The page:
Hundreds walk in Waikiki to raise money for breast cancer programs, research

Hundreds of breast cancer survivors and their supporters hit the streets in Waikiki for the Susan G. Komen's 'More Than Pink' walk.
Published: Oct. 2, 2022 at 6:57 PM HST
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HONOLULU (HawaiiNewsNow) - If you were near Kapiolani Park in Honolulu this morning, you may have seen a sea of pink.

Hundreds of breast cancer survivors and their supporters hit the streets in Waikiki for the Susan G. Komen’s MORE THAN PINK Walk on Sunday morning to kick off Breast Cancer Awareness Month.

“Let’s go! Let’s beat that cancer,” said Sheree Loui, a breast cancer survivor since 2014.

Keiki, kupuna and everyone in between donned bright pink shirts -- some wore tutus and wigs.

“I have my good friends right here. They they’re my backbone for my my journey to finding the cure,” Loui said.

Even furry friends joined the fun -- all walking for those fighting the disease and those who couldn’t be there.

The event raises money for support programs and research. At last check, more than $184,000 has been raised, The goal is $250,000. You can continue to fundraise until November 2.

“We have made great progress through our education efforts and early detection has put a dent in the amount of late stage diagnosis that we are getting. COVID did have its effect, because treatment had to be delayed,” said Rolanda Morgan, Executive Director of Susan G. Komen Hawaii.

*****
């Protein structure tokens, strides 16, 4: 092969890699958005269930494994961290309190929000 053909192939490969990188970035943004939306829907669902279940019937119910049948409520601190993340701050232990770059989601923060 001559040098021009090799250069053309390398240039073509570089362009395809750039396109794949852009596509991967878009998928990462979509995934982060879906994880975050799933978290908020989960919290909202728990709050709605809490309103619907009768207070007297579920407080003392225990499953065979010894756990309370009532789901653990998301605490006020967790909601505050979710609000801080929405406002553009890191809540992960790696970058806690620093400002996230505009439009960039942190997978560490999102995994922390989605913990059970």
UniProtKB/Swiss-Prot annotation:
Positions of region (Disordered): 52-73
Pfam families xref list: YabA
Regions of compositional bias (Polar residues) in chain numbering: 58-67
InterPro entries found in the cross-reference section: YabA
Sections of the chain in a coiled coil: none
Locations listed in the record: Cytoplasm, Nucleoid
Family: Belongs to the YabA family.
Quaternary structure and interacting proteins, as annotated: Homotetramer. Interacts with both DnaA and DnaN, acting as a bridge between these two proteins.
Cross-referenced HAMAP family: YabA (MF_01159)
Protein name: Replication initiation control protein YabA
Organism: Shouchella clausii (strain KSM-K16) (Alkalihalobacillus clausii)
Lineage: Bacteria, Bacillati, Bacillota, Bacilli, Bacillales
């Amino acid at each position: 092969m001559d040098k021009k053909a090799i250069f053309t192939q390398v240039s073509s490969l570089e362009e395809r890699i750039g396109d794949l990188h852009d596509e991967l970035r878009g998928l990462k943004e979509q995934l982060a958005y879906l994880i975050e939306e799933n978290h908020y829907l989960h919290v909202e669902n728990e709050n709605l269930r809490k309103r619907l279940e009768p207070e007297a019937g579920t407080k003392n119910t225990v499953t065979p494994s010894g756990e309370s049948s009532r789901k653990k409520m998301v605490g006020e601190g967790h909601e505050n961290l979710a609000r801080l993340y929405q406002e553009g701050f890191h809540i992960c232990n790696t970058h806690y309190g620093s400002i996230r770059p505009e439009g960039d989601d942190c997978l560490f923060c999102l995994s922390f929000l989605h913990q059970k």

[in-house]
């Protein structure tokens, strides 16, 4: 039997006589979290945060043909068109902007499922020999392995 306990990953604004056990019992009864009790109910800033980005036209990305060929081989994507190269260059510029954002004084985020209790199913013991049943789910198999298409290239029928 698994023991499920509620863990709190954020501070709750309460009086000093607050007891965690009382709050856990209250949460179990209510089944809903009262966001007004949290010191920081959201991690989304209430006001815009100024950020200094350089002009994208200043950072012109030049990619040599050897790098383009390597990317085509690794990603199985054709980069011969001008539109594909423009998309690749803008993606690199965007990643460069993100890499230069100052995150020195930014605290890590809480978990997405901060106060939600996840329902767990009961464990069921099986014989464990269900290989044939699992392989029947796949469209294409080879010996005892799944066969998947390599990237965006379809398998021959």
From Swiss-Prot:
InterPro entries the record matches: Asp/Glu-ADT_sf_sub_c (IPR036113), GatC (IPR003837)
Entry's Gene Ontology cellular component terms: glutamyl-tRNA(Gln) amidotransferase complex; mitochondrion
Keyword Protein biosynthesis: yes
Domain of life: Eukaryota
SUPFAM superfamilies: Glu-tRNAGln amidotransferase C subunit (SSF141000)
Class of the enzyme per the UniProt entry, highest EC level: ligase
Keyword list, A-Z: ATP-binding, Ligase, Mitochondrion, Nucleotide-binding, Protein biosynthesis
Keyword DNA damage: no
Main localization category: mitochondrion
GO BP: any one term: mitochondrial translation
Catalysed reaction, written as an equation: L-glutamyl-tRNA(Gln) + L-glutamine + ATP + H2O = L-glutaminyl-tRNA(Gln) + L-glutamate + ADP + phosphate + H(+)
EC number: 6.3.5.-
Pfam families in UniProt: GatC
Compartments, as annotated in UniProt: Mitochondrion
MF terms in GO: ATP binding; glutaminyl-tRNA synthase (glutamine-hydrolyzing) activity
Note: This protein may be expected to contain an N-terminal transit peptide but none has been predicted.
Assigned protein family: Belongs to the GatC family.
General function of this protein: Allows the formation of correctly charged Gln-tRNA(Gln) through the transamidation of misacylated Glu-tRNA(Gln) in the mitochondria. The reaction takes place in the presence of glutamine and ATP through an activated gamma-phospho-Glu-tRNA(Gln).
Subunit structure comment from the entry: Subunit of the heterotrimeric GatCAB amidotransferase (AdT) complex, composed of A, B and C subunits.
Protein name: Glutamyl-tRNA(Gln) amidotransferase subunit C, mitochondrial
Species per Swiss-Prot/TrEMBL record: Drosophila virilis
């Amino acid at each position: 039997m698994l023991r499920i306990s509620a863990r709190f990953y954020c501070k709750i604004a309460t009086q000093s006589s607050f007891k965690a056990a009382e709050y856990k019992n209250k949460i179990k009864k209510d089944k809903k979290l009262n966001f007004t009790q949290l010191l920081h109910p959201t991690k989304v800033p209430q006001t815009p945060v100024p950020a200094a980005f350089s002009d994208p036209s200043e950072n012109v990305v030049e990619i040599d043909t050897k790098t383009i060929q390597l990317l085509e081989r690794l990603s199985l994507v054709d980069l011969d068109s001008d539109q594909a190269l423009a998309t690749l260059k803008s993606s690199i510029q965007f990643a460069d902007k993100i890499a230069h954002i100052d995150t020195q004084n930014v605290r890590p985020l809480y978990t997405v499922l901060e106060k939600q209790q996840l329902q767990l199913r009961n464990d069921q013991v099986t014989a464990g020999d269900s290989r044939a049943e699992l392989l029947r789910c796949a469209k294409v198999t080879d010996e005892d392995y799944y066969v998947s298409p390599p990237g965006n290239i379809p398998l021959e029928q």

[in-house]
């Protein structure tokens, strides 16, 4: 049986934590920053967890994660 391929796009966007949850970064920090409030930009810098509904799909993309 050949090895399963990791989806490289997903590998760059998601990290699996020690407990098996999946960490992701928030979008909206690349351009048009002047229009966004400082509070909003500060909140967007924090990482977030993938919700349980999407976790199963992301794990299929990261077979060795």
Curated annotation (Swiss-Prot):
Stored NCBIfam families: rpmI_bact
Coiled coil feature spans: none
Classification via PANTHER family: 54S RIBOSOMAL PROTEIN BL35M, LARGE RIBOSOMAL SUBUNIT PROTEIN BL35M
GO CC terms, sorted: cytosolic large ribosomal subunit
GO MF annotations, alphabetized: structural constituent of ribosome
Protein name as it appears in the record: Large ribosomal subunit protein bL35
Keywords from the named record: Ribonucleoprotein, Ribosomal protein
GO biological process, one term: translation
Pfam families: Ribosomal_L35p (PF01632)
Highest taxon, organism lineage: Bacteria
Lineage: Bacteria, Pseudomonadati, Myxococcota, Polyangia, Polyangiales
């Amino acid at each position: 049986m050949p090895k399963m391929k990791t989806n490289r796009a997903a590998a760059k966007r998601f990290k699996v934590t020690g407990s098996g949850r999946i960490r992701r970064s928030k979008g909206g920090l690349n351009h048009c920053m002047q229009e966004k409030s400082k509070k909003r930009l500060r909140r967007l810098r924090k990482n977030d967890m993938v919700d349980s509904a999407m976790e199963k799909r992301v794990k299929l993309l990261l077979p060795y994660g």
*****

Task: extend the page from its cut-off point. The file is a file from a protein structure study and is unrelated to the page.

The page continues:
Organizers were amazed by the large turnout.

“All dressed in pink, all celebrating our survivors, remembering those that have been lost from this disease, and truly fueling our mission forward in our community. So we’re so grateful,” said Camilla Crescenco, Development Manager of Susan G. Komen Hawaii.

And you didn’t have to walk the 1.8 mile route to help. There was a group that serenaded crowds on the route and hundreds of volunteers who made sure the event went smoothly.

“I have family that had cancer. So this is also like, helping out just being here is like a good is just a great help for community,” volunteer April Koarner said.

A reminder that those battling cancer are not alone.

“It’s so emotional walking up to this event today. I had tears in my eyes. It’s powerful,” said Talia Pana, a breast cancer survivor. “It’s something bigger than me. I never imagined so much people to be here and sitting. I’ve been honored, honored to be here.”

The Susan G Komen organization says 400 calls a week through its support hotline are from Hawaii. For information about breast cancer resources and financial assistance, call 1-800-GO-KOMEN or visit